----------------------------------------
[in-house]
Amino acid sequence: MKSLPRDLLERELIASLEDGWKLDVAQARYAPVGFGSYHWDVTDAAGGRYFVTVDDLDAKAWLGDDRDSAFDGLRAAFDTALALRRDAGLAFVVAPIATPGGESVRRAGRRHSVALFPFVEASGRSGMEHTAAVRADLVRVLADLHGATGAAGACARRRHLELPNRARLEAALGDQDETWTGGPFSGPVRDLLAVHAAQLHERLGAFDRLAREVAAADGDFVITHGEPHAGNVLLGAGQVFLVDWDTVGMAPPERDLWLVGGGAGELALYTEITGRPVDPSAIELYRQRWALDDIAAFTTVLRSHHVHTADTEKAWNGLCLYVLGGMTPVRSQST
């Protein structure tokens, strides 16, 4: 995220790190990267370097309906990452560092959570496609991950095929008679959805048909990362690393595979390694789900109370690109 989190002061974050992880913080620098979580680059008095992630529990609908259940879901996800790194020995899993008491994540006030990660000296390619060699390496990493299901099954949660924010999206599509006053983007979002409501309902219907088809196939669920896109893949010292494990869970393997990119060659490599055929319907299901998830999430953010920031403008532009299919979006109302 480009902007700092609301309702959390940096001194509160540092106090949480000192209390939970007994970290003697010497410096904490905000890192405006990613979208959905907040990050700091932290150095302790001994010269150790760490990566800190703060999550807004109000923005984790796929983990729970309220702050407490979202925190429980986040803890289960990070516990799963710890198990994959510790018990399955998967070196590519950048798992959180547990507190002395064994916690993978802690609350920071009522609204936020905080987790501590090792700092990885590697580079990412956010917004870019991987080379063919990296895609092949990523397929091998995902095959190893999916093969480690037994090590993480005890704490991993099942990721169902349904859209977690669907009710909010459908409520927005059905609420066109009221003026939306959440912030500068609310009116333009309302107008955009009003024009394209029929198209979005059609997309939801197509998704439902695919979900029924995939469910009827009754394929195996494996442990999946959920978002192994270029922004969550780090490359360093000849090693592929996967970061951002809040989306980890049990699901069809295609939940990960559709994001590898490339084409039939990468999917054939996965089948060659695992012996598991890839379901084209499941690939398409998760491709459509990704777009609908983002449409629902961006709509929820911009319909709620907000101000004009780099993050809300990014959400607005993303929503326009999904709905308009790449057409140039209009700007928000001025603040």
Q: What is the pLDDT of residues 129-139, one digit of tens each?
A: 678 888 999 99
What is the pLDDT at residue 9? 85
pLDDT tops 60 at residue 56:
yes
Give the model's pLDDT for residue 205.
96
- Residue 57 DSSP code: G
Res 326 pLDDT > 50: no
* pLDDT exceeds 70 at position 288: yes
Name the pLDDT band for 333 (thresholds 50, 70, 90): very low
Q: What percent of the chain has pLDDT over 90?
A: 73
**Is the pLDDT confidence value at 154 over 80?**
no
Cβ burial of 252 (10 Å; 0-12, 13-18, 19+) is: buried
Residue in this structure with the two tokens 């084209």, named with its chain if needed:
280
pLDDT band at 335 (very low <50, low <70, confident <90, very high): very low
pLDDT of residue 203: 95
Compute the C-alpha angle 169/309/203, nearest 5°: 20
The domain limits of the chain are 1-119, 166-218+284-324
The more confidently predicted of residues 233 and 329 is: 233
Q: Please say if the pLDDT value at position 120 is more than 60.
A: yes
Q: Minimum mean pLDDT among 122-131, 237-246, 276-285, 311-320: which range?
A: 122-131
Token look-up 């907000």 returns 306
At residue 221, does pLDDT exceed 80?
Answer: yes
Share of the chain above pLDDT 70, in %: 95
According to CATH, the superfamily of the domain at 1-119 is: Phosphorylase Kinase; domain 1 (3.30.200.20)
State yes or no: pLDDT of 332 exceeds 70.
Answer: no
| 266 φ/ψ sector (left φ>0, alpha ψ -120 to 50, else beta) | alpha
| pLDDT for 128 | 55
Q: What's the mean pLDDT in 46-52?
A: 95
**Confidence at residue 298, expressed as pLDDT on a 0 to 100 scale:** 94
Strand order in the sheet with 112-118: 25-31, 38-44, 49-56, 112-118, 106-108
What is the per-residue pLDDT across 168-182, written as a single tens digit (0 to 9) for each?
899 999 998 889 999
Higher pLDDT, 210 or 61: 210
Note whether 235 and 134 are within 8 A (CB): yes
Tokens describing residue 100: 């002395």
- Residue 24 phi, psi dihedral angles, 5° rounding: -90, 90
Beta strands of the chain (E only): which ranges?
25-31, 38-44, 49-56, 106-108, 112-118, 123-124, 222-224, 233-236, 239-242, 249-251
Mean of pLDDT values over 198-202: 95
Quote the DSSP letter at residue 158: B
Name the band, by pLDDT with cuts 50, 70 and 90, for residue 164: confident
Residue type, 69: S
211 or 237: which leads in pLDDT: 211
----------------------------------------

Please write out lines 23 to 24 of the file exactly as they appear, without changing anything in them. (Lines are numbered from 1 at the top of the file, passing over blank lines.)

pLDDT of residue 203: 95
Compute the C-alpha angle 169/309/203, nearest 5°: 20